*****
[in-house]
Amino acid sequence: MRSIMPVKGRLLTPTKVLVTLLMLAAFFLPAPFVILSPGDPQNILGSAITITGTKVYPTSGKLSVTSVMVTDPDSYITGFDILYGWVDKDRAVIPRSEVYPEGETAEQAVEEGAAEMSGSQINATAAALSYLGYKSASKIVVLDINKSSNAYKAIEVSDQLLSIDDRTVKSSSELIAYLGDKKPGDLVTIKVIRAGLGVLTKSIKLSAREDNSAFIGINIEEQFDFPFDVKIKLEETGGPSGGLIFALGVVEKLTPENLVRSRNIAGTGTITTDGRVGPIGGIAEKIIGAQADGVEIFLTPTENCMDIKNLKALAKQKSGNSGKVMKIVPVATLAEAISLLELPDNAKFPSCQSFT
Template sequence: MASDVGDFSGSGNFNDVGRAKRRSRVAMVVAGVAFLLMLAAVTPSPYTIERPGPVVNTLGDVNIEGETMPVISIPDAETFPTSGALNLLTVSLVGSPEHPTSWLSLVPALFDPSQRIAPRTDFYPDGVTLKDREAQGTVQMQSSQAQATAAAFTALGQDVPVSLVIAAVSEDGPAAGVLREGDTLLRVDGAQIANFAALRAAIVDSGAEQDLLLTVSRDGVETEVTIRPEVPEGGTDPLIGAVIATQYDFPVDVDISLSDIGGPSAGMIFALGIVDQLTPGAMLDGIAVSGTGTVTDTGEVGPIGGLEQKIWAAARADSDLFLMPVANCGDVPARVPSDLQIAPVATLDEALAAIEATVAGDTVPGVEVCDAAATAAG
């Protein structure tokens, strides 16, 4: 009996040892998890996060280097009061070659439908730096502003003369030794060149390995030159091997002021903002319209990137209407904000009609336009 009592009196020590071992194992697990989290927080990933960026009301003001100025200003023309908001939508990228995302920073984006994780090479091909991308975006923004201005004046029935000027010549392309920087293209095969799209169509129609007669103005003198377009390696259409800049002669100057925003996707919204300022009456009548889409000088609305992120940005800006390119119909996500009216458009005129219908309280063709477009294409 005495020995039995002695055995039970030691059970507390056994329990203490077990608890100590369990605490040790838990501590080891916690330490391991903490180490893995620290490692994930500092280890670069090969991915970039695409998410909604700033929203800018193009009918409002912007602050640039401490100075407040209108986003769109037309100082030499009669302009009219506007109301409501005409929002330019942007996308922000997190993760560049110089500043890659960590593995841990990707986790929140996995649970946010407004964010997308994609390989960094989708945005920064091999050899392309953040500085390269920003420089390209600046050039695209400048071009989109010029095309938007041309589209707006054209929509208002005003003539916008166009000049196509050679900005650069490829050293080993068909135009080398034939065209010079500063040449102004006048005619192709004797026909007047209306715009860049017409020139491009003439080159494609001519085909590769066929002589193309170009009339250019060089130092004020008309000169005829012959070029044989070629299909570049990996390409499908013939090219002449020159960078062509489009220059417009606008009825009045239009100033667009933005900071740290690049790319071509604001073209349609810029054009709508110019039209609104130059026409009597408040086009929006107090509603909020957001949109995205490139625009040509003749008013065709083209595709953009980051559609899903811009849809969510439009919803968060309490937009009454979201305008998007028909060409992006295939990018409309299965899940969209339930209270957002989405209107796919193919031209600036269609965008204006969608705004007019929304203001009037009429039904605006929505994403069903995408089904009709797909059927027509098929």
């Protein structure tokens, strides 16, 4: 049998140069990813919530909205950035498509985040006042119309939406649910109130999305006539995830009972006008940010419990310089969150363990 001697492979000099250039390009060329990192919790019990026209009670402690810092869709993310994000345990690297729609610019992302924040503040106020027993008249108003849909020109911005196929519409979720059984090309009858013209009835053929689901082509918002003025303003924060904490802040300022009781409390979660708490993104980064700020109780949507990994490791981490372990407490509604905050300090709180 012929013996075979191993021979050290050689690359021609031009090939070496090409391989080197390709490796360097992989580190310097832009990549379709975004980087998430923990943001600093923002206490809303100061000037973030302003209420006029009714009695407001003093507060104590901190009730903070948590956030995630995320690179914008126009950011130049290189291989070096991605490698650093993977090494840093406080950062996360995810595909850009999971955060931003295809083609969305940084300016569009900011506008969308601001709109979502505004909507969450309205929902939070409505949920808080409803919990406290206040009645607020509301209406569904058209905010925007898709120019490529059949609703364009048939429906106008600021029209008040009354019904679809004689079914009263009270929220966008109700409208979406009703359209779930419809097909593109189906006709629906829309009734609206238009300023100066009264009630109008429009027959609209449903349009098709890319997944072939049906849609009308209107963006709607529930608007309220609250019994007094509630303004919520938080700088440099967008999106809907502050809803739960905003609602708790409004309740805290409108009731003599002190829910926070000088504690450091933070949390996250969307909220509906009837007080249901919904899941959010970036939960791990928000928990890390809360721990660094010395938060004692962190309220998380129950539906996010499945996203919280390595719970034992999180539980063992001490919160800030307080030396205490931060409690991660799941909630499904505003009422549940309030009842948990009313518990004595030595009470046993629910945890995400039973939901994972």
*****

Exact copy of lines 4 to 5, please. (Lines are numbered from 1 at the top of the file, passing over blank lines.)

């Protein structure tokens, strides 16, 4: 009996040892998890996060280097009061070659439908730096502003003369030794060149390995030159091997002021903002319209990137209407904000009609336009 009592009196020590071992194992697990989290927080990933960026009301003001100025200003023309908001939508990228995302920073984006994780090479091909991308975006923004201005004046029935000027010549392309920087293209095969799209169509129609007669103005003198377009390696259409800049002669100057925003996707919204300022009456009548889409000088609305992120940005800006390119119909996500009216458009005129219908309280063709477009294409 005495020995039995002695055995039970030691059970507390056994329990203490077990608890100590369990605490040790838990501590080891916690330490391991903490180490893995620290490692994930500092280890670069090969991915970039695409998410909604700033929203800018193009009918409002912007602050640039401490100075407040209108986003769109037309100082030499009669302009009219506007109301409501005409929002330019942007996308922000997190993760560049110089500043890659960590593995841990990707986790929140996995649970946010407004964010997308994609390989960094989708945005920064091999050899392309953040500085390269920003420089390209600046050039695209400048071009989109010029095309938007041309589209707006054209929509208002005003003539916008166009000049196509050679900005650069490829050293080993068909135009080398034939065209010079500063040449102004006048005619192709004797026909007047209306715009860049017409020139491009003439080159494609001519085909590769066929002589193309170009009339250019060089130092004020008309000169005829012959070029044989070629299909570049990996390409499908013939090219002449020159960078062509489009220059417009606008009825009045239009100033667009933005900071740290690049790319071509604001073209349609810029054009709508110019039209609104130059026409009597408040086009929006107090509603909020957001949109995205490139625009040509003749008013065709083209595709953009980051559609899903811009849809969510439009919803968060309490937009009454979201305008998007028909060409992006295939990018409309299965899940969209339930209270957002989405209107796919193919031209600036269609965008204006969608705004007019929304203001009037009429039904605006929505994403069903995408089904009709797909059927027509098929």
């Protein structure tokens, strides 16, 4: 049998140069990813919530909205950035498509985040006042119309939406649910109130999305006539995830009972006008940010419990310089969150363990 001697492979000099250039390009060329990192919790019990026209009670402690810092869709993310994000345990690297729609610019992302924040503040106020027993008249108003849909020109911005196929519409979720059984090309009858013209009835053929689901082509918002003025303003924060904490802040300022009781409390979660708490993104980064700020109780949507990994490791981490372990407490509604905050300090709180 012929013996075979191993021979050290050689690359021609031009090939070496090409391989080197390709490796360097992989580190310097832009990549379709975004980087998430923990943001600093923002206490809303100061000037973030302003209420006029009714009695407001003093507060104590901190009730903070948590956030995630995320690179914008126009950011130049290189291989070096991605490698650093993977090494840093406080950062996360995810595909850009999971955060931003295809083609969305940084300016569009900011506008969308601001709109979502505004909507969450309205929902939070409505949920808080409803919990406290206040009645607020509301209406569904058209905010925007898709120019490529059949609703364009048939429906106008600021029209008040009354019904679809004689079914009263009270929220966008109700409208979406009703359209779930419809097909593109189906006709629906829309009734609206238009300023100066009264009630109008429009027959609209449903349009098709890319997944072939049906849609009308209107963006709607529930608007309220609250019994007094509630303004919520938080700088440099967008999106809907502050809803739960905003609602708790409004309740805290409108009731003599002190829910926070000088504690450091933070949390996250969307909220509906009837007080249901919904899941959010970036939960791990928000928990890390809360721990660094010395938060004692962190309220998380129950539906996010499945996203919280390595719970034992999180539980063992001490919160800030307080030396205490931060409690991660799941909630499904505003009422549940309030009842948990009313518990004595030595009470046993629910945890995400039973939901994972």